Clinically relevant features of monogenic diseases, including severity of symptoms and age of onset, can vary widely in response to environmental differences as well as to the presence of genetic modifiers affecting the trait's penetrance and expressivity. While a better understanding of modifier loci could lead to treatments for Mendelian diseases, the rarity of individuals harboring both a disease-causing allele and a modifying genotype hinders their study in human populations. We examined the genetic architecture of monogenic trait modifiers using a well-characterized yeast model of the human Mendelian disease classic galactosemia. Yeast strains with loss-of-function mutations in the yeast ortholog (GAL7) of the human disease gene (GALT) fail to grow in the presence of even small amounts of galactose due to accumulation of the same toxic intermediates that poison human cells. To isolate and individually genotype large numbers of the very rare (∼0.1%) galactose-tolerant recombinant progeny from a cross between two gal7Δ parents, we developed a new method, called "FACS-QTL." FACS-QTL improves upon the currently used approaches of bulk segregant analysis and extreme QTL mapping by requiring less genome engineering and strain manipulation as well as maintaining individual genotype information. Our results identified multiple distinct solutions by which the monogenic trait could be suppressed, including genetic and nongenetic mechanisms as well as frequent aneuploidy. Taken together, our results imply that the modifiers of monogenic traits are likely to be genetically complex and heterogeneous.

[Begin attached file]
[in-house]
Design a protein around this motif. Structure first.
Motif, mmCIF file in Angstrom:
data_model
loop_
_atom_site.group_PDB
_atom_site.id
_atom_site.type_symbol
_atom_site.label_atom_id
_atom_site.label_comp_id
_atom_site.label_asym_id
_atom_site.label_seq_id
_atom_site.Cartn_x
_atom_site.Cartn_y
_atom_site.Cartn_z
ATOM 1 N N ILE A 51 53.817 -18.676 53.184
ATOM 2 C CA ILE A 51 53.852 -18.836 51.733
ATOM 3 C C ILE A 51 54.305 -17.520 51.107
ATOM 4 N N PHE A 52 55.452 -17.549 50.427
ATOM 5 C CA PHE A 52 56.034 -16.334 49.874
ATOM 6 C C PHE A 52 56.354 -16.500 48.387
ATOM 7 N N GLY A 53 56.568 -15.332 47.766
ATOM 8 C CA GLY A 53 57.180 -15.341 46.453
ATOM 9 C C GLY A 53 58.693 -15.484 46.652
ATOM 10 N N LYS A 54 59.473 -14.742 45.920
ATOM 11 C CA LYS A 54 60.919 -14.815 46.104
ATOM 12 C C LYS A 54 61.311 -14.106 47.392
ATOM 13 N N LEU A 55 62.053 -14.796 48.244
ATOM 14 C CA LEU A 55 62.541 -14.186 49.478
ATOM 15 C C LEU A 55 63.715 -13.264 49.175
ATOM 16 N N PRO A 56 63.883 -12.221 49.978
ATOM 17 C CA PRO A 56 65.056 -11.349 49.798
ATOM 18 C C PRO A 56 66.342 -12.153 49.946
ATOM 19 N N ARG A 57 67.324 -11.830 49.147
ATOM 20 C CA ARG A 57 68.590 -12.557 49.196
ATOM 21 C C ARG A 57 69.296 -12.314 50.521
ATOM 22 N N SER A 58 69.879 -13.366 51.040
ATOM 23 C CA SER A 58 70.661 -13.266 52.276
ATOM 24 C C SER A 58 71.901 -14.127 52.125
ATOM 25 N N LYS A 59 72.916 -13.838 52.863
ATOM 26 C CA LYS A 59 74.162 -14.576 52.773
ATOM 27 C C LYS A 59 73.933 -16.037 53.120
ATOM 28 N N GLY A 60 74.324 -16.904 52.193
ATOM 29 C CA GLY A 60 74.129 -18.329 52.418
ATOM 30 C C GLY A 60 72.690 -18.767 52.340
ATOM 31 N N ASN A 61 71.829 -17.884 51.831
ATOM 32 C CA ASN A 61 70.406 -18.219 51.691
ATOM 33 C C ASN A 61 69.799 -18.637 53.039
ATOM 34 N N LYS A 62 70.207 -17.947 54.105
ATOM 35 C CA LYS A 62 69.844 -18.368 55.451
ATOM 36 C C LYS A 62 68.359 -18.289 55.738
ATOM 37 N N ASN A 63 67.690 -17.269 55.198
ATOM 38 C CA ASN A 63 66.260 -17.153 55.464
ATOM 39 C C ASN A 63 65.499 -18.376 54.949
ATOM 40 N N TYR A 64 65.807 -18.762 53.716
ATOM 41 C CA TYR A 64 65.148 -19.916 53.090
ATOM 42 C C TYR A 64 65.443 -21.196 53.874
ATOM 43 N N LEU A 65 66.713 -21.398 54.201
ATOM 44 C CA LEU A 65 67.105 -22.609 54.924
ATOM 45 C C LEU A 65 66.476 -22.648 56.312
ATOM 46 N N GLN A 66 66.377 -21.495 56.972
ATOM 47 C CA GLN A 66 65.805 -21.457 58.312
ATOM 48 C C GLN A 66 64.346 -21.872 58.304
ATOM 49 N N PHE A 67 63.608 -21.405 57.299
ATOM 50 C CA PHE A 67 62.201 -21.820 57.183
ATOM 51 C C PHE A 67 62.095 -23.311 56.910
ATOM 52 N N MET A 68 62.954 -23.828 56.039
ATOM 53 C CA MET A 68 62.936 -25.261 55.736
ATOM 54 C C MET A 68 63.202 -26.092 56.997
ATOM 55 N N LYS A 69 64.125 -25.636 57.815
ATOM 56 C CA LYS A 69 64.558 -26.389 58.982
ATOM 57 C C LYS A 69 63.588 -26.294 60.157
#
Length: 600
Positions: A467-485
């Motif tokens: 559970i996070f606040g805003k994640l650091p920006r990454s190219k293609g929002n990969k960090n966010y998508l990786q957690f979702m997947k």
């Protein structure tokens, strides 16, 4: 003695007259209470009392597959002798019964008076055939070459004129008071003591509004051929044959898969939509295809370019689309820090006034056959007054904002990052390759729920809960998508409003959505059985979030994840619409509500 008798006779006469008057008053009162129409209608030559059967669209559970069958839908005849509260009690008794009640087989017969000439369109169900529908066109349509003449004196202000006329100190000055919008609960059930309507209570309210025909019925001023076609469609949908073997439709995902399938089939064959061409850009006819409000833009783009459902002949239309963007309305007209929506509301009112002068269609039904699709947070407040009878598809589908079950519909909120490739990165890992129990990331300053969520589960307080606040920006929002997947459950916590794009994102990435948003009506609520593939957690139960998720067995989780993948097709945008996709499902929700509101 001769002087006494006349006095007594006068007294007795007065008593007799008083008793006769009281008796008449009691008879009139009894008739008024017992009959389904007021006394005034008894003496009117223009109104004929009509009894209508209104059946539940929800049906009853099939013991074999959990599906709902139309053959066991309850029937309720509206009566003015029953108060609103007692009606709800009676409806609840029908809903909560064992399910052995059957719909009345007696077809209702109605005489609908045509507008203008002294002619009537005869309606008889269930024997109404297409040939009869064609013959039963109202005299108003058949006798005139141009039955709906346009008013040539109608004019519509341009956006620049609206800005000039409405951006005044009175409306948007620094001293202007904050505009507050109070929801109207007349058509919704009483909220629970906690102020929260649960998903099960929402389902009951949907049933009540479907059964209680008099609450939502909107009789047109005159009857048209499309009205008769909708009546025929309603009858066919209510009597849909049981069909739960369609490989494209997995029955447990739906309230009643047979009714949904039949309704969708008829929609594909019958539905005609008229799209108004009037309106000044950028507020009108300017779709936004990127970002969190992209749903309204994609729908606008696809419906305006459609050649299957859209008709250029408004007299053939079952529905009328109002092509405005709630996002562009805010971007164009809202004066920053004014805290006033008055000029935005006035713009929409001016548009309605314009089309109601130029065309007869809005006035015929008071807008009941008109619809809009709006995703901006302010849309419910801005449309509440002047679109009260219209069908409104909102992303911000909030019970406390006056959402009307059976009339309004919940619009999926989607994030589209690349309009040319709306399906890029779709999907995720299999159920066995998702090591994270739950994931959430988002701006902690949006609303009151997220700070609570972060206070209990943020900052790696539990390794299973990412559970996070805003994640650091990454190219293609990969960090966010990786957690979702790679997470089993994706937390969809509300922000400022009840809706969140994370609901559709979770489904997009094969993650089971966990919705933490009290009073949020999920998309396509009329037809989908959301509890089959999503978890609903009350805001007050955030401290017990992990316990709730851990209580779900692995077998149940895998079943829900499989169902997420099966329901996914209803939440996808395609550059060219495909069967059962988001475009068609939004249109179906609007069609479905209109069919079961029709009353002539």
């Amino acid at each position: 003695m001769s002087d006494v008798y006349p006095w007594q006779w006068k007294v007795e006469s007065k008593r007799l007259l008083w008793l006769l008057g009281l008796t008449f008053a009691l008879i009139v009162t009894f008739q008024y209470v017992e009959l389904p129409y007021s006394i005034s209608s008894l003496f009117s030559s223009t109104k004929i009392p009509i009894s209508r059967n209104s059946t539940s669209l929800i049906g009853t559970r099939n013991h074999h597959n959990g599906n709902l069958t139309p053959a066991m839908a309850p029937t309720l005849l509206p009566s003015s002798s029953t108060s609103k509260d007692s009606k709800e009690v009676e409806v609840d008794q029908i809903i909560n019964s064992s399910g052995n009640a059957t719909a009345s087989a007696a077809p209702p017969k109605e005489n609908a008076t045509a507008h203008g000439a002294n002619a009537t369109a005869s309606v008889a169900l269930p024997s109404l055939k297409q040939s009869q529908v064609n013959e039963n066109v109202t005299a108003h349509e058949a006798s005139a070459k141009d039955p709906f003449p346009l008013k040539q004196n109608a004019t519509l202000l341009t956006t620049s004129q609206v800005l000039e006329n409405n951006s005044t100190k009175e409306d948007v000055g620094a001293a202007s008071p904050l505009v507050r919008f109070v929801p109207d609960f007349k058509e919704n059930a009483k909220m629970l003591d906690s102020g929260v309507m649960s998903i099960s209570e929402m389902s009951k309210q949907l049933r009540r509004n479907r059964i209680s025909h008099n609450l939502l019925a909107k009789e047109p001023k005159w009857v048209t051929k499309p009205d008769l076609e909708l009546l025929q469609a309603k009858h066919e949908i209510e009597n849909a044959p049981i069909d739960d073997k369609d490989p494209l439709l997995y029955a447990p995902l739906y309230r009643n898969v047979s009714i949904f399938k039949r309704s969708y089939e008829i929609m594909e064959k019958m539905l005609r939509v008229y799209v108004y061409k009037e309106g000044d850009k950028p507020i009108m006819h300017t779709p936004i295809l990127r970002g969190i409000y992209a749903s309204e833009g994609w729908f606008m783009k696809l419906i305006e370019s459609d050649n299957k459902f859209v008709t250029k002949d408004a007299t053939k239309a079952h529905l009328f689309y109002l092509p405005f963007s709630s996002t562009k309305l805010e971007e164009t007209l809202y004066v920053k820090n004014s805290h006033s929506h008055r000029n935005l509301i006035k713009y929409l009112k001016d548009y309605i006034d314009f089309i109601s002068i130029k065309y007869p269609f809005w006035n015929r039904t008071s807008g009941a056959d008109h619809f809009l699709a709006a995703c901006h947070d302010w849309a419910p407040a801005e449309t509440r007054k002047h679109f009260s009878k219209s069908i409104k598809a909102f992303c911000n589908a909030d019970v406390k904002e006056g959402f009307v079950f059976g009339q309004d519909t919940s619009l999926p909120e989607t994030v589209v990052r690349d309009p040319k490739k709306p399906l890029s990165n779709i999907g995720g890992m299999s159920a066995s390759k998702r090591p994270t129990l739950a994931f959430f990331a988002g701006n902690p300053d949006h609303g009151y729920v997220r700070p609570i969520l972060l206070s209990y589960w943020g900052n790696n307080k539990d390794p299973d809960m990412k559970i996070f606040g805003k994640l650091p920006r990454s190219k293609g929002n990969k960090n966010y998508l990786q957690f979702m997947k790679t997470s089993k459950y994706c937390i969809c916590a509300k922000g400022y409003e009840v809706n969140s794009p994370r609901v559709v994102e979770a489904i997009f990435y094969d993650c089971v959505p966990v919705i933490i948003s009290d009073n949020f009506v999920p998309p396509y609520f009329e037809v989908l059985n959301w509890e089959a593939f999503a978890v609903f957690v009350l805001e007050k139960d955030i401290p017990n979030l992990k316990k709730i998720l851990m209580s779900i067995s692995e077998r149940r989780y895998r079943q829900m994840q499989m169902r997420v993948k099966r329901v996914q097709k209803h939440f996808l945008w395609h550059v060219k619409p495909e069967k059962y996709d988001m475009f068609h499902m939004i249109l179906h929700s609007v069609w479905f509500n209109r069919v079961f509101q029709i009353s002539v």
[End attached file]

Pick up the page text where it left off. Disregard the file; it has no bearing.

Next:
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http://dx.doi.org/10.1534/genetics.114.170563DOI Listing
http://www.ncbi.nlm.nih.gov/pmc/articles/PMC4286688PMC
January 2015

BEST: barcode enabled sequencing of tetrads.

J Vis Exp 2014 May 1(87). Epub 2014 May 1.

Pacific Northwest Diabetes Research Institute;

Tetrad analysis is a valuable tool for yeast genetics, but the laborious manual nature of the process has hindered its application on large scales. Barcode Enabled Sequencing of Tetrads (BEST)1 replaces the manual processes of isolating, disrupting and spacing tetrads. BEST isolates tetrads by virtue of a sporulation-specific GFP fusion protein that permits fluorescence-activated cell sorting of tetrads directly onto agar plates, where the ascus is enzymatically digested and the spores are disrupted and randomly arrayed by glass bead plating. The haploid colonies are then assigned sister spore relationships, i.e. information about which spores originated from the same tetrad, using molecular barcodes read during genotyping. By removing the bottleneck of manual dissection, hundreds or even thousands of tetrads can be isolated in minutes. Here we present a detailed description of the experimental procedures required to perform BEST in the yeast Saccharomyces cerevisiae, starting with a heterozygous diploid strain through the isolation of colonies derived from the haploid meiotic progeny.